38 thoughts on “PixMob Wristband Protocol Reverse-Engineering Groundwork

  1. Something fun you can do with these (destructively): Their default mode of operation is to pulse using the accelerometer through different colors. If you are at a concert and want to rebel, you can simply pop open the battery port and break off the IR sensor, which is accessible, then pop the battery back in. When it powers off it (IME anyway) resets to this default operating mode. It will perma-break the IR part for you but the device will still work, and will pulse through a rotation of colors, reacting to clapping or similar jarring movements.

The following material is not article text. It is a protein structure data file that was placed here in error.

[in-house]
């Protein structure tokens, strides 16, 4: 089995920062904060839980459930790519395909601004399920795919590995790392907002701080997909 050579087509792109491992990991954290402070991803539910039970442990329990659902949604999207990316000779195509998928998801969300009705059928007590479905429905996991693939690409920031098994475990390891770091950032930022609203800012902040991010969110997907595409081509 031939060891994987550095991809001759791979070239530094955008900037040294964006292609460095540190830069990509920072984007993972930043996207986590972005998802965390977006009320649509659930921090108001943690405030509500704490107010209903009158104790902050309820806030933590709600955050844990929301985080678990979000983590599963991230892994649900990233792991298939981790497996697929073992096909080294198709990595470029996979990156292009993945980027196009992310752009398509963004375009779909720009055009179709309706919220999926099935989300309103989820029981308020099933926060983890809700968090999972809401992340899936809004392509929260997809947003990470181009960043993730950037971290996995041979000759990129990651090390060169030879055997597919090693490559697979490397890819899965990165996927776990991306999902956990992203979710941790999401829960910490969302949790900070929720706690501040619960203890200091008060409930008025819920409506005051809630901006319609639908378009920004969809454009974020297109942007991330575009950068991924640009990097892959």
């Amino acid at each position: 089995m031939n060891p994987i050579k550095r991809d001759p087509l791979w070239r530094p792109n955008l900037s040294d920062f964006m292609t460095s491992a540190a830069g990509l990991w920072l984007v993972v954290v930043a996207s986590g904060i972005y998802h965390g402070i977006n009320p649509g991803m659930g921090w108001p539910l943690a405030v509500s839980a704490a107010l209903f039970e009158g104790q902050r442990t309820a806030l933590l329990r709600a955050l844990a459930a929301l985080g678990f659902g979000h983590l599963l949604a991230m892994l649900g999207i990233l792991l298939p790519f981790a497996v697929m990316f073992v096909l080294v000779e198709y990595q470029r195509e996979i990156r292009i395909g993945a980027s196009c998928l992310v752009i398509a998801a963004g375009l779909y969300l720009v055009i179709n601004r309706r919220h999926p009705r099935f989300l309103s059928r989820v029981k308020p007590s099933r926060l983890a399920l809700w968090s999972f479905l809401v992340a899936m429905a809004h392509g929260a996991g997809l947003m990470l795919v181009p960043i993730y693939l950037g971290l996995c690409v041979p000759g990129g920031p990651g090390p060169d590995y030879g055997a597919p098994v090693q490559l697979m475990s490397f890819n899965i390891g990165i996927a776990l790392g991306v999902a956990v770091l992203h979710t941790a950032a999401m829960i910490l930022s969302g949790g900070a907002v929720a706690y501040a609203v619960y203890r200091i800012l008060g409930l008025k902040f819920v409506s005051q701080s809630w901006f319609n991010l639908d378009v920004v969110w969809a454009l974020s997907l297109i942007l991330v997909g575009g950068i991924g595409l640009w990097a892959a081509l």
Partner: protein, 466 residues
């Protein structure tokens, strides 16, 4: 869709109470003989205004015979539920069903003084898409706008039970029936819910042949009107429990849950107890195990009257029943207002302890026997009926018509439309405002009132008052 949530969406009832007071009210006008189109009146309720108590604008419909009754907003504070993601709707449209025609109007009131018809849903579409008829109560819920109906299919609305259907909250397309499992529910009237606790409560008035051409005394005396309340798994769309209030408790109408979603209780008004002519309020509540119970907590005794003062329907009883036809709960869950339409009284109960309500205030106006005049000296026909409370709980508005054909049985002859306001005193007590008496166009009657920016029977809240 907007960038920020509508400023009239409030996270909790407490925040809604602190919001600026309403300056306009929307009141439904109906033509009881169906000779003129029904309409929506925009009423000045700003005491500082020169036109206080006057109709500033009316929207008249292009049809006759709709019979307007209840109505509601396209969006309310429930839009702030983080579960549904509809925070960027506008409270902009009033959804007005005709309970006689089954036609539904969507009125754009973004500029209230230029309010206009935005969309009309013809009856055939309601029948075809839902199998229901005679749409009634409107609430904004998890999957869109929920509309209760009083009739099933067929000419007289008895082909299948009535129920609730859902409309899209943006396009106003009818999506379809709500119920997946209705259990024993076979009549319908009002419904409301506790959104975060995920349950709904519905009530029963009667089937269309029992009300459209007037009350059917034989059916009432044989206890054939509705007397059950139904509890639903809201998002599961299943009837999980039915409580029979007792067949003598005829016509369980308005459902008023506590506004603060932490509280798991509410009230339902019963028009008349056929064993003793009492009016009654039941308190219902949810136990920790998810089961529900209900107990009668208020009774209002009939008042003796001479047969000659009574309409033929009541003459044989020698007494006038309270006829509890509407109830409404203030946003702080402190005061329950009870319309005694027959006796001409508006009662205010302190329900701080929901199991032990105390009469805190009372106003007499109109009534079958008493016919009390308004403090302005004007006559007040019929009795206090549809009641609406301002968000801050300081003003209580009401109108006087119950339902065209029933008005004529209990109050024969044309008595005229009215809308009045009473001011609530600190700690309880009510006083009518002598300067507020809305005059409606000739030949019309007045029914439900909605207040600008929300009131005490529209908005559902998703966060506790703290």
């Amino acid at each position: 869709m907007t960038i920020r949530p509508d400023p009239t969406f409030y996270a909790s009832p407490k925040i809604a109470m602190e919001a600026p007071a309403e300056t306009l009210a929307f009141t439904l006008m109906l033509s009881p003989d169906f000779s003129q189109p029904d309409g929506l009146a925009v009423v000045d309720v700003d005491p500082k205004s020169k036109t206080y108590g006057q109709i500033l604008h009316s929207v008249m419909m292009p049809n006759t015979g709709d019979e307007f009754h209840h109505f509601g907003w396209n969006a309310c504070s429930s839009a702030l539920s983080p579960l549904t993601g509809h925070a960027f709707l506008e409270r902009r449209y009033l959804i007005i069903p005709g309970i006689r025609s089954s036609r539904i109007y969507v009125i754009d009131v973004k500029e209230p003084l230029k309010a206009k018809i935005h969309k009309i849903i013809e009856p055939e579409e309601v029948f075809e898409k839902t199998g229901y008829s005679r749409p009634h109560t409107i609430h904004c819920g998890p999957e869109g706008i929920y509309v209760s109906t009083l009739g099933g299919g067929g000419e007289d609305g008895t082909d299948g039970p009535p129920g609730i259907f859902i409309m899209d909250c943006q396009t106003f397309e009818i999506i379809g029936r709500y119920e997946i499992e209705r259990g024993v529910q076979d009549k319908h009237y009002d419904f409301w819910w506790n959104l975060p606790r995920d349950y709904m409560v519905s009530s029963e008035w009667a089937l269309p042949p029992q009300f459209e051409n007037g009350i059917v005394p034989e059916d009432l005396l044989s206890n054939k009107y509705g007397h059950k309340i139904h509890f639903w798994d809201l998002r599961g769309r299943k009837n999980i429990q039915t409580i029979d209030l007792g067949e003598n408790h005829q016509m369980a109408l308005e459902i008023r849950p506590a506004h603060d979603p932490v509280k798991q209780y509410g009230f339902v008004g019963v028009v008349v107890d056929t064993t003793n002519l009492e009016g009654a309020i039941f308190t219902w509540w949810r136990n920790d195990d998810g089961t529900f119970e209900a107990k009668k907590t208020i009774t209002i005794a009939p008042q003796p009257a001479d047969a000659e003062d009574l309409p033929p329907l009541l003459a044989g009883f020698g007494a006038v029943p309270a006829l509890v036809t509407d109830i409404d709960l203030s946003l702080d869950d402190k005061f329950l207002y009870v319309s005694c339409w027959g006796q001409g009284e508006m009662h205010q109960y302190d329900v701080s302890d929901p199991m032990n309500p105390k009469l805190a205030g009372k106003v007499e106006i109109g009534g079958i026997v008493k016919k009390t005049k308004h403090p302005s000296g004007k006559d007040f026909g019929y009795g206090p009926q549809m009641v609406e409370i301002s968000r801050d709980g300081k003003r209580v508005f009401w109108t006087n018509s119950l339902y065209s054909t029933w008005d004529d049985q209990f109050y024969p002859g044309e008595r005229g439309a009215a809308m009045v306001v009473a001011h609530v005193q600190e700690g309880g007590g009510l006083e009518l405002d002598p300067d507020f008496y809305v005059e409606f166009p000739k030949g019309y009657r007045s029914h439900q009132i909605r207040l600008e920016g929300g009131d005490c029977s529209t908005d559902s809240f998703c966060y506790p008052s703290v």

Depending on venue you can do this with a pen, a small enough key, or a stiff enough paperclip.

  2. Having worked closely but never directly with pixmob in the real world (on some of the mentioned events) my understanding is that there is a “start” command at the top of the show to arm all the bracelets into receiving commands via IR. After the show there is essentially a “nuke” command sent to make the devices ignore IR and just use the accelerometer.

    My other take is that these devices have per show programming on the micro and some of the FX are hardcoded. So a band from Taylor may not work with commands from Coldplay.

    1. Hey! I’ve been able to control bracelets from old shows with even after they were (potentially) “nuke” command before. That includes taking ones from an event where they were put in motion sensitive mode after the show and making them do things (like in the video on the GitHub repo).